Pathological or Morbid Jealousy
By: Andres Carvajal
Edited By: Stephanie Dawson
Jealousy is common issue in many romantic relationships. Often there are rules in relationships, unwritten fidelity and loyalty guidelines that allow the couple limits. Love and jealousy are closely related. Most of the time, the person in love remains in a state of awareness about the other. Jealousy in small doses is healthy, some consider it to be natural and romantic. However, at some point jealousy can become obsessive and cause unbearable pain.
With morbid jealousy, even if they assume some control, it is difficult to overcome. One way to overcome these feelings is to talk about it with your partner or a therapist or counselor. With pathological jealousy there is an urge to be in command of the partner’s life, to suspect all acts will lead to unhappiness.
Pathologically jealous people often suffer from:
• Low self-esteem
• Difficulty seeing merits and virtues in himself
• Affective losses during childhood
• Hypercritical parents with high demands
• Poor role models
Some specialists agree that pathological jealousy is a symptom, one that cannot trust their partner as they cannot believe that person is capable of love and loyalty. When a person has low self-esteem its difficult to accept that someone will pay attention, care, or deserve love. There are cognitive beliefs that underlie the structure of the pathologically jealous, often self-deprecating.
When someone is pathologically jealous it can lead to belief that the partner is constantly looking for ways to cheat. He may gather any signs available that confirms elaborate theories proving infidelity. Often cell phones and computers are checked, there is concern related to working late, and even talking to neighbors.This can lead to aggressive, controlling behavior.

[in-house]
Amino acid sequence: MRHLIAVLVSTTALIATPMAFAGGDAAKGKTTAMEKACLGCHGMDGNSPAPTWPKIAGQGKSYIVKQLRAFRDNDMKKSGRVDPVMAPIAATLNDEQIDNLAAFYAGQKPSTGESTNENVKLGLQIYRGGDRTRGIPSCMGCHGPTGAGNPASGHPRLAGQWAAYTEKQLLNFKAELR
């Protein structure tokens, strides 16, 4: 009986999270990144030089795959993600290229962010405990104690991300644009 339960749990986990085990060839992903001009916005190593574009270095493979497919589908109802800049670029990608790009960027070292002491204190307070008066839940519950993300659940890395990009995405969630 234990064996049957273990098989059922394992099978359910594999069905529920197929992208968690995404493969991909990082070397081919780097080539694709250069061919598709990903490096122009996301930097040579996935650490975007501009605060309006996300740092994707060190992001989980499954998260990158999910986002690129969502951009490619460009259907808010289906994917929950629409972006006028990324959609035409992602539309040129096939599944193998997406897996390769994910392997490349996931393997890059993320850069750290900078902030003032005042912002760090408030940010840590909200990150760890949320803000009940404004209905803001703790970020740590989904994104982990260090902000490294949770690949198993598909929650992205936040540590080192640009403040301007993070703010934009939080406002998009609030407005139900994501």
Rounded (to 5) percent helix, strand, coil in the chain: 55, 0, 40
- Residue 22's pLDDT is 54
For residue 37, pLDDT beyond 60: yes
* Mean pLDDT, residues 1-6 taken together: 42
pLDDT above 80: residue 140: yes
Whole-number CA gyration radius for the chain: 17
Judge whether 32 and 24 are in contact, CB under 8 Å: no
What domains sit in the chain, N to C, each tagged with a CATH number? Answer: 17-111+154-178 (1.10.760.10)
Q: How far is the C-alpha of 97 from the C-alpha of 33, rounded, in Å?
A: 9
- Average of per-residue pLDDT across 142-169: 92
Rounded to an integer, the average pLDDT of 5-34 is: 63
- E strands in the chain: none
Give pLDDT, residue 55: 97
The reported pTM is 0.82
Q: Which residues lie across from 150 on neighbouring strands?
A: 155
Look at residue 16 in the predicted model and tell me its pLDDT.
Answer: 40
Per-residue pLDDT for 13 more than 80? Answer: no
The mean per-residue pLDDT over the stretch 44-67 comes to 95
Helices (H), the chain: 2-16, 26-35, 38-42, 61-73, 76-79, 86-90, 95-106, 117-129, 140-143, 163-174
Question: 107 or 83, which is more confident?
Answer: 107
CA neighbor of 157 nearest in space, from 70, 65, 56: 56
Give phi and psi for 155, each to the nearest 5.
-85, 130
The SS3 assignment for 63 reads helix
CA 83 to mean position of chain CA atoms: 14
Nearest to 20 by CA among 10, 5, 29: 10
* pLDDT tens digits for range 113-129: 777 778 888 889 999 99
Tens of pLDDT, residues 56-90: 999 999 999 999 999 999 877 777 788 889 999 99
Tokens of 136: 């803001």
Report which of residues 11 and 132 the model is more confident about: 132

Physical or psychological aggressiveness
When a person who is morbidly jealous, every time he or she fears betrayal they may act in an aggressive way, physically or psychologically, with critical thoughts, recriminations, or arguments. Irrational thoughts or theories, yelling, aggressiveness, and tantrums are the norm in these relationships. The episodes are unpredictable, even an innocent occurrence can trigger a scene.
How to overcome pathological jealousy:
• Both partners should identify what causes the jealous episodes to recognize rationality or nonsense. Sometimes speaking with the jealous person can be difficult or dangerous, a neutral third is often necessary, a counselor or therapist is preferred
• Keep a journal or a notebook
• Look for help, a counselor or therapist. Jealousy is a serious issue and will affect both partners life quality with increased anger and anxiety.
• This condition will not disappear instantly, it can improve with education and self awareness. These might be relapses, years of therapy, and progressive patterns of jealousy and control.
• If your partner is making a jealous scene walk away, you need to protect yourself
Easton, J.A., Schipper, L.D., & Shackelford, T.K. (2007). Morbid Jealousy from an Evolutionary Psychological Perspective. Evolution and Human Behavior, 28, 399-402.
World Health Organization (1992) The Tenth Revision of the International Classification of Diseases and Related Health Problems (ICD–10). Geneva: World Health Organization
Shepherd, M. (1961) Morbid jealousy: some clinical and social aspects of a psychiatric symptom. Journal of Mental Science, 107, 688–704.